Top Causes of Hoarseness
Hoarseness is quite common and usually doesn’t last for very long, and in these cases, it’s usually not cause for concern. In some instances, however, it lingers, which could indicate an underlying condition that needs further attention.
In this blog, the board-certified ear, nose, and throat physicians at New York ENT explain its top causes.
What is hoarseness?
It's a symptom rather than a disease, and it refers to an abnormal change in the voice. This change usually occurs because of swelling or lumps in vocal folds – the parts of the voice box (larynx) that produce sound.
The folds open to let air pass through them and come together to create vibrations that allow you to make sounds. Swelling or growths in this area can cause the quality of this sound to change. Fortunately, most cases don’t last for very long and can resolve on their own.
What characterizes hoarseness?
It can cause make your voice sound different in the following ways:
- Changes in pitch (how high or low your voice is)
- Changes in loudness
What are the causes?
Acute laryngitis – the most common cause, which refers to swelling of the vocal cords. It frequently occurs when you have a cold or upper respiratory infection.
Overuse – using your voice too much or too loudly for long periods of time can temporarily strain your voice or cause nodules or polyps to develop on your vocal cords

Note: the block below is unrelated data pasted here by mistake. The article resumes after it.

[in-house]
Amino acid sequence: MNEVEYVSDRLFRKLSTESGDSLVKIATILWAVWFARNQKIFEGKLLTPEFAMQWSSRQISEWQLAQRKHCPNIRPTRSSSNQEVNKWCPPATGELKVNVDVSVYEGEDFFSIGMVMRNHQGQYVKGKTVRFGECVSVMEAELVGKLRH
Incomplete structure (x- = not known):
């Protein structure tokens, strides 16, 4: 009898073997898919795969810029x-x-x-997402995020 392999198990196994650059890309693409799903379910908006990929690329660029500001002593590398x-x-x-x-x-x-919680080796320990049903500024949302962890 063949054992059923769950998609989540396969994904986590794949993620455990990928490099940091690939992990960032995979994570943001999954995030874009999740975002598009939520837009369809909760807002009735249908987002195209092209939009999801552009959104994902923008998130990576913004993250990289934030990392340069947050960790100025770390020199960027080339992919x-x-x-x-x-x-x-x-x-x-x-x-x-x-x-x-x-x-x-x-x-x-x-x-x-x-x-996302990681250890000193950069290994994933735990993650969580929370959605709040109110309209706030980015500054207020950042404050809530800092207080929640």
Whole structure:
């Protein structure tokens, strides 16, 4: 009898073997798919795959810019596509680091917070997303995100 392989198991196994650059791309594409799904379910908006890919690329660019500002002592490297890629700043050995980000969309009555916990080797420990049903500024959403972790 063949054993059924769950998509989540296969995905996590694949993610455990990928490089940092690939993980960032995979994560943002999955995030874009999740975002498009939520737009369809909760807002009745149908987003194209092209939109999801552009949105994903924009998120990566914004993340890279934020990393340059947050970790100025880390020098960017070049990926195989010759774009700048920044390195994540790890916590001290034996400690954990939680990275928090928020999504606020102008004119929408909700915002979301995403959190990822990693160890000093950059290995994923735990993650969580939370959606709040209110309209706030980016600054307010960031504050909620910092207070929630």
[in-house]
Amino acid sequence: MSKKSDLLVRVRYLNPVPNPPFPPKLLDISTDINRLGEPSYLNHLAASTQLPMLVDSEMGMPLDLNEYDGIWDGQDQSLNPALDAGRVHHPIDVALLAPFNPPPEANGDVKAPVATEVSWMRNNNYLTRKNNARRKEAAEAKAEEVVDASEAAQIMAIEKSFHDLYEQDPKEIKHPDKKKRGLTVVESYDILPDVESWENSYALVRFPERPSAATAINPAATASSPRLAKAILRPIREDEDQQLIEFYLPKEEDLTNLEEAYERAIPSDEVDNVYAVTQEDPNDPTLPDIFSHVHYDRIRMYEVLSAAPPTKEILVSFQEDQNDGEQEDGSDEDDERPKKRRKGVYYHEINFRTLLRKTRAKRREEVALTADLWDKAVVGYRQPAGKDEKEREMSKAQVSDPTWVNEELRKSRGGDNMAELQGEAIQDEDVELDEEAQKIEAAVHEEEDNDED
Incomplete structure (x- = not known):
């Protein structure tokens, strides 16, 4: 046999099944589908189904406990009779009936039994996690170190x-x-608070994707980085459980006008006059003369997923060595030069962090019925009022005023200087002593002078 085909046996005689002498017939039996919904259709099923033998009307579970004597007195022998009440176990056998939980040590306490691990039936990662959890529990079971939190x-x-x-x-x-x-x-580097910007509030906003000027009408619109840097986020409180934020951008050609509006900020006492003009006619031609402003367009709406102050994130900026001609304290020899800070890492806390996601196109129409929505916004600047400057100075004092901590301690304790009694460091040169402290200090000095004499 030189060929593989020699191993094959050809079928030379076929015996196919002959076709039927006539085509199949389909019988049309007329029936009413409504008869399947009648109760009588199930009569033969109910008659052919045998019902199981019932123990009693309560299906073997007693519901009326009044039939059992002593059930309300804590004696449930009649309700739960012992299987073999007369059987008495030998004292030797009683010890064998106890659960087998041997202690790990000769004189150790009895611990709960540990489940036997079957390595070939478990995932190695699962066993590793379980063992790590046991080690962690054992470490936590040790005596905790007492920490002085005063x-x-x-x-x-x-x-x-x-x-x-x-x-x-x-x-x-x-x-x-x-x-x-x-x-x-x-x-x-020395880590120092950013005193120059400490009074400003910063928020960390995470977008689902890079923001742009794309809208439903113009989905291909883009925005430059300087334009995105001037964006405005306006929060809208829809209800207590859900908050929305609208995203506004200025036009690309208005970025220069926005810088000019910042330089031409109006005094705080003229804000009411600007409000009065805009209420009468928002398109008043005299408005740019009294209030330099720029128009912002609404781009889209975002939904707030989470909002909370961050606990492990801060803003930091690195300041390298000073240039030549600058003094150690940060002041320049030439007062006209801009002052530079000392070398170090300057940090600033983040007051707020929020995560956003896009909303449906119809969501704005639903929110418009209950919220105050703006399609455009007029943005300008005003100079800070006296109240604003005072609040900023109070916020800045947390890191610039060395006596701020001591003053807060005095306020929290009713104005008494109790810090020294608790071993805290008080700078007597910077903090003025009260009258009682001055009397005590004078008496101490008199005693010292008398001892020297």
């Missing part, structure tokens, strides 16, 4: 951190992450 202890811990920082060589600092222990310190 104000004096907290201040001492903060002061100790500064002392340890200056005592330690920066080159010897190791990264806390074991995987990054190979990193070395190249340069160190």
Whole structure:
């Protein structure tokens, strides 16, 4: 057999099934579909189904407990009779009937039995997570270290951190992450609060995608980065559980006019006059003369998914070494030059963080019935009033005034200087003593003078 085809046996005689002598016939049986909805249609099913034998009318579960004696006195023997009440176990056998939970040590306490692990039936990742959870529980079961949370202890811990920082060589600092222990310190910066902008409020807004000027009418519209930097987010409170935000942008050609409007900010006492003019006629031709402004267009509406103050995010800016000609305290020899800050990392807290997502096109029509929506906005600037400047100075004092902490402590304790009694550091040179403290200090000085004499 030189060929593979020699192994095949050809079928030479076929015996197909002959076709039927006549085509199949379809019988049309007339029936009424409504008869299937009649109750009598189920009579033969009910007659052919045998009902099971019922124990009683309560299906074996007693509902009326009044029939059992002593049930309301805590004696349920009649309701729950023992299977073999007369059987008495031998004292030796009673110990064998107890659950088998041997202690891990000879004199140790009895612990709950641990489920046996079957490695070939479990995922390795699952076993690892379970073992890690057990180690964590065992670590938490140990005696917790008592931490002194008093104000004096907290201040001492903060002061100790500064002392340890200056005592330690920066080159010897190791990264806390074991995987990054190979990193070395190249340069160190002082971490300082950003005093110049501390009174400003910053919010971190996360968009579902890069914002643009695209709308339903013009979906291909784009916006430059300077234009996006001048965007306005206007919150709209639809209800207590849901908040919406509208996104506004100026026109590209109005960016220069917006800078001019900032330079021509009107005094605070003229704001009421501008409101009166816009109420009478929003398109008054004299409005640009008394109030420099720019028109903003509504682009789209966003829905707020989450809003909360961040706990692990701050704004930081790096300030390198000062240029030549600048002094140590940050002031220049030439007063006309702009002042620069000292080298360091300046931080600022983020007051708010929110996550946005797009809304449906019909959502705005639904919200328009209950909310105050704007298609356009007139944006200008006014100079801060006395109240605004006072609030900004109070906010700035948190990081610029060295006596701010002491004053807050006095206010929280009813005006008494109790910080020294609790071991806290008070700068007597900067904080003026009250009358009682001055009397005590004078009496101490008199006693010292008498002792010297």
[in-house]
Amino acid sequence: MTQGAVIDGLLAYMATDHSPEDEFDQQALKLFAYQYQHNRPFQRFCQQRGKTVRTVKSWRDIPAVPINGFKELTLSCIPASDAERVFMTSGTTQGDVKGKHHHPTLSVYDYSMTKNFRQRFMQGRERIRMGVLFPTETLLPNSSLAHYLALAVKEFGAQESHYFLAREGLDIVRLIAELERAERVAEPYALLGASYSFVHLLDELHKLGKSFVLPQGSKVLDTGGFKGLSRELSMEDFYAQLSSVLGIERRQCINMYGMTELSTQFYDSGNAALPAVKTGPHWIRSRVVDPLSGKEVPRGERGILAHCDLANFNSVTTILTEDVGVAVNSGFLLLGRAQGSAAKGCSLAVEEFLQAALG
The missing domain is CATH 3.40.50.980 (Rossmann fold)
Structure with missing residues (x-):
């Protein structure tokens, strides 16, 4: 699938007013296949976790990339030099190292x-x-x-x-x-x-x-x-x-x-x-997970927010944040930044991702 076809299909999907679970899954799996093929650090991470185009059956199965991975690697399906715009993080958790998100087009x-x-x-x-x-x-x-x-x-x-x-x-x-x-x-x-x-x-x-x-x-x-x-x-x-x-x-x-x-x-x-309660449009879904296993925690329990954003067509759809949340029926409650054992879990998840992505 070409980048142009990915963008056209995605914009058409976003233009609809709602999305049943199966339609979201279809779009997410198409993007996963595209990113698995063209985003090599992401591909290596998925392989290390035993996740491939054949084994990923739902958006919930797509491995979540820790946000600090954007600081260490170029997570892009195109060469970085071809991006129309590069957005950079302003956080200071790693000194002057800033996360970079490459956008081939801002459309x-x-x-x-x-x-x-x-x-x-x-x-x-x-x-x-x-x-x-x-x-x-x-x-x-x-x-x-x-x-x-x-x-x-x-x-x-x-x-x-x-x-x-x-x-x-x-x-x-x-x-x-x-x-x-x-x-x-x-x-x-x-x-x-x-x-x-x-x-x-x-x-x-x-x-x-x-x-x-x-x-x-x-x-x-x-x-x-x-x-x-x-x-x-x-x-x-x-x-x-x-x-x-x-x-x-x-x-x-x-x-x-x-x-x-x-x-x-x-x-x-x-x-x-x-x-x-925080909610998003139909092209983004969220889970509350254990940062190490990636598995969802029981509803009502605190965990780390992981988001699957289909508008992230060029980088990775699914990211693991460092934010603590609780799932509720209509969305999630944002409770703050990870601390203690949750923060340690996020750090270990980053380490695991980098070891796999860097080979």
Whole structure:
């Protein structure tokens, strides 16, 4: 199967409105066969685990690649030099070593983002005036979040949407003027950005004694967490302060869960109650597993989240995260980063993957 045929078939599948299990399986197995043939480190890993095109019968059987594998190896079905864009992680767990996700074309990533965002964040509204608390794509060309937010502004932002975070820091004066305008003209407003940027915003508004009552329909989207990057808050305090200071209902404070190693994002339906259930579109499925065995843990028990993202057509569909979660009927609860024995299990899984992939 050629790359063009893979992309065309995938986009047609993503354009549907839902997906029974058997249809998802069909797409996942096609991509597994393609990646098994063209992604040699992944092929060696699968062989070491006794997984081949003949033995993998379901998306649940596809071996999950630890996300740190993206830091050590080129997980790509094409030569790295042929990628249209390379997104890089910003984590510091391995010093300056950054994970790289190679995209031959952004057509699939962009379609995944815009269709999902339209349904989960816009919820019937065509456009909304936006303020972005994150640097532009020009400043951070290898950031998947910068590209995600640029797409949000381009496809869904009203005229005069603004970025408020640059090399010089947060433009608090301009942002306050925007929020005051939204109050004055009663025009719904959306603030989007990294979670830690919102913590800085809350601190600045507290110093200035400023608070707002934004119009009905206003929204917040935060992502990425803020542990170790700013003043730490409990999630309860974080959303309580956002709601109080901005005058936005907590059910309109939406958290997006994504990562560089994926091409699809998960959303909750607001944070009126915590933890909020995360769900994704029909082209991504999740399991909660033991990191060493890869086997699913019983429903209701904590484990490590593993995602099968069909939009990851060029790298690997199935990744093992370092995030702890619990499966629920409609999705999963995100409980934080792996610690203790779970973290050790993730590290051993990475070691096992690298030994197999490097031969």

Gastroesophageal reflux disease (GERD) – acid backing up into your esophagus can irritate your vocal folds
Smoking – can cause a sore throat and hoarseness, which may be an indication of throat cancer. If you smoke and develop hoarseness, it’s best to see an ear, nose, and throat specialist.
Laryngopharyngeal reflux (LPR) – is similar to GERD, but can cause more damage since stomach acid backs up all the way into the throat or the back of the nasal airway
Other issues – can include allergies, thyroid problems, rheumatoid arthritis, trauma to the voice box, and laryngeal cancer
How is it treated?
Hoarseness that doesn’t go away on its own after a few days or isn’t accompanied by a cold or another obvious, the temporary cause should be evaluated by an ear, nose, and throat specialist.
Your doctor will discuss your medical history with you and will examine your voice box and its surrounding tissue. The quality of your voice will be evaluated, and tests may be ordered to give the doctor more information.
Treatment may include:
- Resting your voice or modifying how you use it
- Stopping smoking and avoiding exposure to second-hand smoke
- Drinking plenty of fluids
- Medication - Underlying conditions such as allergies and GERD can be treated with medication.
- Surgery - In some cases – such as the presence of nodules or polyps – surgery may be recommended.
If you’re experiencing lingering hoarseness, make an appointment with New York ENT today. We’ll accurately diagnose the cause of your symptoms and recommend the most effective, least invasive treatments available.